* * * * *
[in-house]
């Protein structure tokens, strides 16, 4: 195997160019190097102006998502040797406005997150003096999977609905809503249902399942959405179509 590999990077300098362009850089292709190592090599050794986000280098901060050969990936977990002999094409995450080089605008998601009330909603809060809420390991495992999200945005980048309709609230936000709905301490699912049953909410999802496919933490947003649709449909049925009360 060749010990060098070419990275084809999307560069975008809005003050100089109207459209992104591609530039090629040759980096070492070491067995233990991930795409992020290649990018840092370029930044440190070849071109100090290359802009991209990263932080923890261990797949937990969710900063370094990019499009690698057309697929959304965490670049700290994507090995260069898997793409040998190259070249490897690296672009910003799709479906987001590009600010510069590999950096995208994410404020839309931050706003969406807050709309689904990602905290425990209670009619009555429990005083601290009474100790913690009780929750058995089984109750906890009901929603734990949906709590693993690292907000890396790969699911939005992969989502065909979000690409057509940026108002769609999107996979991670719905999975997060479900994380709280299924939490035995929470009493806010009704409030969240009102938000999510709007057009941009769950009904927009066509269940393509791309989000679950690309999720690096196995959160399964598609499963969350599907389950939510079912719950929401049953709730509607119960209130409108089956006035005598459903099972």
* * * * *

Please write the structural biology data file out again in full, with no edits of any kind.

[in-house]
């Protein structure tokens, strides 16, 4: 195997160019190097102006998502040797406005997150003096999977609905809503249902399942959405179509 590999990077300098362009850089292709190592090599050794986000280098901060050969990936977990002999094409995450080089605008998601009330909603809060809420390991495992999200945005980048309709609230936000709905301490699912049953909410999802496919933490947003649709449909049925009360 060749010990060098070419990275084809999307560069975008809005003050100089109207459209992104591609530039090629040759980096070492070491067995233990991930795409992020290649990018840092370029930044440190070849071109100090290359802009991209990263932080923890261990797949937990969710900063370094990019499009690698057309697929959304965490670049700290994507090995260069898997793409040998190259070249490897690296672009910003799709479906987001590009600010510069590999950096995208994410404020839309931050706003969406807050709309689904990602905290425990209670009619009555429990005083601290009474100790913690009780929750058995089984109750906890009901929603734990949906709590693993690292907000890396790969699911939005992969989502065909979000690409057509940026108002769609999107996979991670719905999975997060479900994380709280299924939490035995929470009493806010009704409030969240009102938000999510709007057009941009769950009904927009066509269940393509791309989000679950690309999720690096196995959160399964598609499963969350599907389950939510079912719950929401049953709730509607119960209130409108089956006035005598459903099972």